The ITF (International Transport Workers’ Federation) today pledged to continue the struggle for container weight safety after what it described as a missed opportunity to reduce the risk of harm to transport workers and members of the public.
The organisation was speaking out following a decision by the IMO (International Maritime Organization) sub–committee on dangerous goods, solid cargoes and containers to accept an alternative mode of verification to the mandatory weighing of packed shipping containers. The proposed amendment to the Safety of Life at Sea Convention (SOLAS) by the ITF received its final consideration by the sub-committee this week. Instead, the sub-committee opted for a compromise position, which allows governments to either choose the gold standard of mandatory weighing or the lesser measure of certifying containers based on an unformulated process of verifying the weight by adding together the different constituent parts of a container load at unspecified times and places along the transport route.
ITF president and dockers’ section chair Paddy Crumlin explained the flaws in the compromise: “This was the ideal opportunity to finally bring in a system which would lessen the risk that unweighed and misdeclared containers pose to dockers, seafarers, truck drivers, the general public and the environment. Instead we have a compromise that in some countries will put in place a process that is likely to be bedevilled by the obvious questions: who will certify, when, and how?”. He went on: “We will not step back from the task of getting decent universal weighing accepted as the norm. And we will seek transparency and clarity from the governments that fail to take up the safer method on how they plan to make certification work. The ITF and its affiliates feel passionately about thisissue, as do the national governments and industry bodies that supported the amendment. We’re not prepared to walk away from this so we are redoubling our campaigning efforts and planning further lobbying, awareness raising and affiliate action in locations worldwide”.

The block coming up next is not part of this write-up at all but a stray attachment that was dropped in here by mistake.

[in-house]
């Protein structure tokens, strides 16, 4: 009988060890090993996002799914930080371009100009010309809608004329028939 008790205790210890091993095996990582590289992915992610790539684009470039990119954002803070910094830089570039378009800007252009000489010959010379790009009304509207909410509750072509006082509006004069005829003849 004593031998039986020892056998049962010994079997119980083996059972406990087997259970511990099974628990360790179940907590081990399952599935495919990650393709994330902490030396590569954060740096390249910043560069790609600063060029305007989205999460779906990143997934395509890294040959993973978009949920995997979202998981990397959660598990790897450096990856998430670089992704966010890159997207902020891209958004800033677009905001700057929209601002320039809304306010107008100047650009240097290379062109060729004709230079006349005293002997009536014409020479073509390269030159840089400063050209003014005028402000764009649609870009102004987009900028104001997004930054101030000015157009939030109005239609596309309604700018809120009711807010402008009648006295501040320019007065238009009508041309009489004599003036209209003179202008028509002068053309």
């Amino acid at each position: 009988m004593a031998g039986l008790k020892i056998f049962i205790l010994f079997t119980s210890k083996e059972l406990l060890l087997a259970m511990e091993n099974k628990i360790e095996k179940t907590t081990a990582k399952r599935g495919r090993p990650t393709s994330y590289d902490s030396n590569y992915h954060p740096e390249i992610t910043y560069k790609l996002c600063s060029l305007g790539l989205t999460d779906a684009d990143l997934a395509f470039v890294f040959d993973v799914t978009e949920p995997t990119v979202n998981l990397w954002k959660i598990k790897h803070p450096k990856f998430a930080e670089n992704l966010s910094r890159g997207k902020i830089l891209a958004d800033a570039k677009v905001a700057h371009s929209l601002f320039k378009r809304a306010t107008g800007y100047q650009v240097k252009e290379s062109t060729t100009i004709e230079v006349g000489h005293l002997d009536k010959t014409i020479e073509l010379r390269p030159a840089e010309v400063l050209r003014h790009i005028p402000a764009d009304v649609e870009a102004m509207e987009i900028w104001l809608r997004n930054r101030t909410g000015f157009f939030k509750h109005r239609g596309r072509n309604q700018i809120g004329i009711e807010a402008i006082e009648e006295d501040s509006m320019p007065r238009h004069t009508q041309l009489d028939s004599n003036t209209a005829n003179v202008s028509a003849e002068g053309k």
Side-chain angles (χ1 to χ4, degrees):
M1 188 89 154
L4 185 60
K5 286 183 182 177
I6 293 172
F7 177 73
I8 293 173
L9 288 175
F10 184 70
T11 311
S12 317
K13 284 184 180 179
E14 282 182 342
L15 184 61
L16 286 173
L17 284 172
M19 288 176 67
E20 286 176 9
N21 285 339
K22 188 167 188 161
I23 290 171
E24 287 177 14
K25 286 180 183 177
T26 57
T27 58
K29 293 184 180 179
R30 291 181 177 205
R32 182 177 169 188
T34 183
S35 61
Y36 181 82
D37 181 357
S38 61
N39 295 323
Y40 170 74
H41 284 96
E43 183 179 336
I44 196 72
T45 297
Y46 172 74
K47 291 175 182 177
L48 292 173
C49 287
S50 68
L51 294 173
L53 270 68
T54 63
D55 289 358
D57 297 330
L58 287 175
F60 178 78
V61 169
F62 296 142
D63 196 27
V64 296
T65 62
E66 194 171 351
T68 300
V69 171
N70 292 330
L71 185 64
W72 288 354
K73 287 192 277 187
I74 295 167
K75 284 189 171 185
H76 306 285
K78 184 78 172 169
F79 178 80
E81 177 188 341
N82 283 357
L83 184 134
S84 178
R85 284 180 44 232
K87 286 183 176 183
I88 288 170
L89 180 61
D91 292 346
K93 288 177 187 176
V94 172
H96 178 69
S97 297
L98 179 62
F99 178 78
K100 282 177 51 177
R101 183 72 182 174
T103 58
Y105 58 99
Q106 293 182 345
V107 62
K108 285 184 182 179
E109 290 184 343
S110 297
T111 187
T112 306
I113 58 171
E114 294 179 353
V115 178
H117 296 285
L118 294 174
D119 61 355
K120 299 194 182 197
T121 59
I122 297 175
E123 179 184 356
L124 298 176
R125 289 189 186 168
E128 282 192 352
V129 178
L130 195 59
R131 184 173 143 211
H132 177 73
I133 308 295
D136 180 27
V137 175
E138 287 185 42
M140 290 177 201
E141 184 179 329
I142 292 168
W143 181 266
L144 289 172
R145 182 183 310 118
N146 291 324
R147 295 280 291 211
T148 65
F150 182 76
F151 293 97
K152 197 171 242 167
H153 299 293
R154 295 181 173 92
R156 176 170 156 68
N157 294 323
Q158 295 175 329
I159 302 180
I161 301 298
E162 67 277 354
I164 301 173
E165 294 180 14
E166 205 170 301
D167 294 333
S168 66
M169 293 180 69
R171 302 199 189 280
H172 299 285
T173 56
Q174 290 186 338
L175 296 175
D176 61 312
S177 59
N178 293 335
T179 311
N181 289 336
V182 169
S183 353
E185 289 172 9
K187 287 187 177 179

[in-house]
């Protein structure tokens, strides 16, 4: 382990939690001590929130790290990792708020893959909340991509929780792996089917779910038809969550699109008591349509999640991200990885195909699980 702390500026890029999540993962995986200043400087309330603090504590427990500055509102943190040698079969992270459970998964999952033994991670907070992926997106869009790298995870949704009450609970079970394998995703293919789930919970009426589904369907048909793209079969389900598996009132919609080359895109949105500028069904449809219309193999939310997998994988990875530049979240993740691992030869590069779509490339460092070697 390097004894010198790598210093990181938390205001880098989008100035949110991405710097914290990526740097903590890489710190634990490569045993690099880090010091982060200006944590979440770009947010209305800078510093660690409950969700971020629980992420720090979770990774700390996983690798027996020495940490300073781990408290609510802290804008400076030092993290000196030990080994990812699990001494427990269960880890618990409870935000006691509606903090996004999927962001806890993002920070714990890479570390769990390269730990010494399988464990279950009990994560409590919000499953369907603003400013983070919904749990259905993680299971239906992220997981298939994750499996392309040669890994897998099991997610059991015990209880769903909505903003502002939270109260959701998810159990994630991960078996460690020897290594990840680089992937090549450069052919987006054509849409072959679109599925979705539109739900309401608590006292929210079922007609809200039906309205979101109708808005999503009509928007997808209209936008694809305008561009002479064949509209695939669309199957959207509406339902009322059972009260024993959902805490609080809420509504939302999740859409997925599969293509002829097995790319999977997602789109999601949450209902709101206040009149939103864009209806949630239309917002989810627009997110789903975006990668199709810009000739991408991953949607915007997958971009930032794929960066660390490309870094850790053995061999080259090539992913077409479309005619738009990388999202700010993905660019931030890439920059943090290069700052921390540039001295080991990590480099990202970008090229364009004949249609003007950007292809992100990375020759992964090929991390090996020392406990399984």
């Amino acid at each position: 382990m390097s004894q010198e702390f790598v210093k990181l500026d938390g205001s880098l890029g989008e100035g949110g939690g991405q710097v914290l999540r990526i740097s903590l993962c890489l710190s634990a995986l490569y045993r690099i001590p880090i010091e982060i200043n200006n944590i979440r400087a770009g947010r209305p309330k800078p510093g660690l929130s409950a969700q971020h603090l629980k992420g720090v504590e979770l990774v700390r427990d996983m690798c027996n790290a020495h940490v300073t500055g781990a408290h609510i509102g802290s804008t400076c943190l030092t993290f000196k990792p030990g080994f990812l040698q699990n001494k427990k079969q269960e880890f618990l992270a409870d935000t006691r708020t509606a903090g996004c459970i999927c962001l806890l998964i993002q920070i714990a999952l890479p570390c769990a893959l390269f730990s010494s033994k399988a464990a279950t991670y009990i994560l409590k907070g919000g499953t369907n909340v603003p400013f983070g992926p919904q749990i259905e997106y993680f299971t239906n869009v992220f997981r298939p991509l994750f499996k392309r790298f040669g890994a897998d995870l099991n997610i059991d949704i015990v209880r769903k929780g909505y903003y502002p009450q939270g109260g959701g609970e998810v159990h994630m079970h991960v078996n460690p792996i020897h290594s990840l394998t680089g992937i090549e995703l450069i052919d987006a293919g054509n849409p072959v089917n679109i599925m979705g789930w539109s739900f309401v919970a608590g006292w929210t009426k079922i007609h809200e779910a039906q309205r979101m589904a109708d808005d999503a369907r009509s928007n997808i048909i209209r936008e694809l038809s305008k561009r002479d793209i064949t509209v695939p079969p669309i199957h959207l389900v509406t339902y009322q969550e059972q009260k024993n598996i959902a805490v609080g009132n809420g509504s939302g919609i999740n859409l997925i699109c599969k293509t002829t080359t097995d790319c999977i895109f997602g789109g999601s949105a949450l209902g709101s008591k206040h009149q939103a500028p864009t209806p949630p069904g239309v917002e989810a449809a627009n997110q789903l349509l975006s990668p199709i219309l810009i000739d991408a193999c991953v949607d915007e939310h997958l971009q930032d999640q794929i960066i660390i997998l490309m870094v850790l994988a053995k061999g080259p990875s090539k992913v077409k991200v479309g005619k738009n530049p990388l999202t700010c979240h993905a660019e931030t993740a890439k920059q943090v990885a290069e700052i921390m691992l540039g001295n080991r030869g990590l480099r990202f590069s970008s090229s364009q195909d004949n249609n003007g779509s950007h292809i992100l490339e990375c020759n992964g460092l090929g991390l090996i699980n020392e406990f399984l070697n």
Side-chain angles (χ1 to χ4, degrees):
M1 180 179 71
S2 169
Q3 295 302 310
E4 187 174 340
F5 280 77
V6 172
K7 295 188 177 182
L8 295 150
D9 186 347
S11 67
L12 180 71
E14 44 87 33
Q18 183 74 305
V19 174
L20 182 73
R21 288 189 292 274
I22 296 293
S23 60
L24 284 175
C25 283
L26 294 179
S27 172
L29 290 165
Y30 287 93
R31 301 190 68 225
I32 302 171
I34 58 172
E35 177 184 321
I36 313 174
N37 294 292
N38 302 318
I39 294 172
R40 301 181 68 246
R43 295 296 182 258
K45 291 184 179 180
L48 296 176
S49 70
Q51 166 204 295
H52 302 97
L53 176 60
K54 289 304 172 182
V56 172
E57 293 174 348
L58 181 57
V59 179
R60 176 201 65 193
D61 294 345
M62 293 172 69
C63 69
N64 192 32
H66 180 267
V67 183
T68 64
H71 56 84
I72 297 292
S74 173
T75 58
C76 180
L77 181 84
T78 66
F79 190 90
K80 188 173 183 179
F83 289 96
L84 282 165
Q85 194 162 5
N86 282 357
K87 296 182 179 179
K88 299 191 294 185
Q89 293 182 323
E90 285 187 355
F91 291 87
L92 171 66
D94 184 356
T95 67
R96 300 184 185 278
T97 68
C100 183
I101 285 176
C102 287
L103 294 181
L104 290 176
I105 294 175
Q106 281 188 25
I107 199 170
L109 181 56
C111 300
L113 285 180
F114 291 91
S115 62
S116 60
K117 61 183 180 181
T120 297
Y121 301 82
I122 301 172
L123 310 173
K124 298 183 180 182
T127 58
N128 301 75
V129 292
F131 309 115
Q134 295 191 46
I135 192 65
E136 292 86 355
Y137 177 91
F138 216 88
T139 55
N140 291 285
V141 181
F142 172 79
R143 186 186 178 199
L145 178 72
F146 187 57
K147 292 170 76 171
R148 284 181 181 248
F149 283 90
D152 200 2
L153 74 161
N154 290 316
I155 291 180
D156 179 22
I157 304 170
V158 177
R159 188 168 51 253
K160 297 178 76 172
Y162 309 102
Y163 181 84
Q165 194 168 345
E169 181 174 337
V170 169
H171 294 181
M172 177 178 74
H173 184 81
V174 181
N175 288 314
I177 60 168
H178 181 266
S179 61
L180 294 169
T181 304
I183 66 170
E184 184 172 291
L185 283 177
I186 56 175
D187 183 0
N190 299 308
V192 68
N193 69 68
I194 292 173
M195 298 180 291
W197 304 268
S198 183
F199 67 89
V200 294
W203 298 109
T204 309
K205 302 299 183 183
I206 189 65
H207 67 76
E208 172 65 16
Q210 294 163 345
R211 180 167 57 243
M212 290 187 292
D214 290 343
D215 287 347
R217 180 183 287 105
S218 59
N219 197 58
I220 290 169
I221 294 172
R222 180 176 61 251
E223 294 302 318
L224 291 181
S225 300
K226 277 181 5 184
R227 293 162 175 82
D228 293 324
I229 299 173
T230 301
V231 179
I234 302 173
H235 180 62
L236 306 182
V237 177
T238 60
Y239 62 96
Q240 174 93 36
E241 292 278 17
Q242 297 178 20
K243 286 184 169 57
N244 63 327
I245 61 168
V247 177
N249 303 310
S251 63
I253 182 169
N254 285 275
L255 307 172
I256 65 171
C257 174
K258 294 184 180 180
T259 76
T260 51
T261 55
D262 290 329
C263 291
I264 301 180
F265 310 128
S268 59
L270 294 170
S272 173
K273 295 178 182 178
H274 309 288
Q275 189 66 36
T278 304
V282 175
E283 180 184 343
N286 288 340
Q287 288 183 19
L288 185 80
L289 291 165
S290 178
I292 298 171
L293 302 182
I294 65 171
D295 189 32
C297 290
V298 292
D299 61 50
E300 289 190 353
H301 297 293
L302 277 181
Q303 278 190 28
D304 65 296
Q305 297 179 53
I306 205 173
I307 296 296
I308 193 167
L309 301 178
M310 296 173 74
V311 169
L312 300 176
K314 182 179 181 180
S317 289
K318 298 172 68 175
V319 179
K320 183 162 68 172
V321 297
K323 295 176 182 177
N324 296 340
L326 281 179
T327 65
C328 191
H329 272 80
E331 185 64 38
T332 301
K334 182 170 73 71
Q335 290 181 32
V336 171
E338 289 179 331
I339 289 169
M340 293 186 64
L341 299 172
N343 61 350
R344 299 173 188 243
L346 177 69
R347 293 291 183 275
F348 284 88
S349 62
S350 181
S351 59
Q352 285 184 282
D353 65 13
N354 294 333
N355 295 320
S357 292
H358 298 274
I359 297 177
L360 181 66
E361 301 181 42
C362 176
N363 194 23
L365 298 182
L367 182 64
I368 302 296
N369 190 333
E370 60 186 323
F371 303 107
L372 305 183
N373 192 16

He concluded “It must be made a legal requirement that containers are weighed and weighed accurately, and there must be repercussions for those who misdeclare. That’s what we’re campaiging for because anything less just isn’t good enough.”